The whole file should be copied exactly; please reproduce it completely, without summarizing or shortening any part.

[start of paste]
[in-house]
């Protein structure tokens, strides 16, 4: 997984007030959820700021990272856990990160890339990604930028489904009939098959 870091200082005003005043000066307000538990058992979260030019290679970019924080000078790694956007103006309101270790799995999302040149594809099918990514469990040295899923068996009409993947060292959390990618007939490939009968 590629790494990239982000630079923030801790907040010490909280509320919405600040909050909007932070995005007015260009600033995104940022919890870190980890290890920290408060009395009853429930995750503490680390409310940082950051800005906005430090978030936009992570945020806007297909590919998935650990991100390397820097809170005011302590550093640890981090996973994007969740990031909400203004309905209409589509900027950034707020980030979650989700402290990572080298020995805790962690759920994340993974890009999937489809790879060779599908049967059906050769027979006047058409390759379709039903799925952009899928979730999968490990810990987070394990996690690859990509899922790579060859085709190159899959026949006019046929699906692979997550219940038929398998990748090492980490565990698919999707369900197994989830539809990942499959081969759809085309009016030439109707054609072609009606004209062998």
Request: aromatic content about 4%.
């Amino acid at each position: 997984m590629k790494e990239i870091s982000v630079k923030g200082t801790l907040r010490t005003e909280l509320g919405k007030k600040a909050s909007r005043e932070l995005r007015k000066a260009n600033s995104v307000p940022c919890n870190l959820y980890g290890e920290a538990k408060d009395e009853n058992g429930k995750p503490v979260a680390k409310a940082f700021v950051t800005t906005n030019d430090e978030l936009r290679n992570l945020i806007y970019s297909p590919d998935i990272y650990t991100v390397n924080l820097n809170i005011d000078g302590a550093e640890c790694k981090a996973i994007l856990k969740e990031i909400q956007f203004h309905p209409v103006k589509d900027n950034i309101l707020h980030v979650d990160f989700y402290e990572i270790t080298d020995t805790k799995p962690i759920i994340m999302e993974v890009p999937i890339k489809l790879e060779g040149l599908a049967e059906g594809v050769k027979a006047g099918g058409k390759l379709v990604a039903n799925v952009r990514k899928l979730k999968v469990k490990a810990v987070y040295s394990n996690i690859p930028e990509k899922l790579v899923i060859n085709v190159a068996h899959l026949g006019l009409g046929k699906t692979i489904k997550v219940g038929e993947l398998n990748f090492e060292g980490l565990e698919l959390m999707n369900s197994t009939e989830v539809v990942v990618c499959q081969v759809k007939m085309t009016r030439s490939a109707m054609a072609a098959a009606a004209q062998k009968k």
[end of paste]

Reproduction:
[in-house]
């Protein structure tokens, strides 16, 4: 997984007030959820700021990272856990990160890339990604930028489904009939098959 870091200082005003005043000066307000538990058992979260030019290679970019924080000078790694956007103006309101270790799995999302040149594809099918990514469990040295899923068996009409993947060292959390990618007939490939009968 590629790494990239982000630079923030801790907040010490909280509320919405600040909050909007932070995005007015260009600033995104940022919890870190980890290890920290408060009395009853429930995750503490680390409310940082950051800005906005430090978030936009992570945020806007297909590919998935650990991100390397820097809170005011302590550093640890981090996973994007969740990031909400203004309905209409589509900027950034707020980030979650989700402290990572080298020995805790962690759920994340993974890009999937489809790879060779599908049967059906050769027979006047058409390759379709039903799925952009899928979730999968490990810990987070394990996690690859990509899922790579060859085709190159899959026949006019046929699906692979997550219940038929398998990748090492980490565990698919999707369900197994989830539809990942499959081969759809085309009016030439109707054609072609009606004209062998």
Request: aromatic content about 4%.
């Amino acid at each position: 997984m590629k790494e990239i870091s982000v630079k923030g200082t801790l907040r010490t005003e909280l509320g919405k007030k600040a909050s909007r005043e932070l995005r007015k000066a260009n600033s995104v307000p940022c919890n870190l959820y980890g290890e920290a538990k408060d009395e009853n058992g429930k995750p503490v979260a680390k409310a940082f700021v950051t800005t906005n030019d430090e978030l936009r290679n992570l945020i806007y970019s297909p590919d998935i990272y650990t991100v390397n924080l820097n809170i005011d000078g302590a550093e640890c790694k981090a996973i994007l856990k969740e990031i909400q956007f203004h309905p209409v103006k589509d900027n950034i309101l707020h980030v979650d990160f989700y402290e990572i270790t080298d020995t805790k799995p962690i759920i994340m999302e993974v890009p999937i890339k489809l790879e060779g040149l599908a049967e059906g594809v050769k027979a006047g099918g058409k390759l379709v990604a039903n799925v952009r990514k899928l979730k999968v469990k490990a810990v987070y040295s394990n996690i690859p930028e990509k899922l790579v899923i060859n085709v190159a068996h899959l026949g006019l009409g046929k699906t692979i489904k997550v219940g038929e993947l398998n990748f090492e060292g980490l565990e698919l959390m999707n369900s197994t009939e989830v539809v990942v990618c499959q081969v759809k007939m085309t009016r030439s490939a109707m054609a072609a098959a009606a004209q062998k009968k």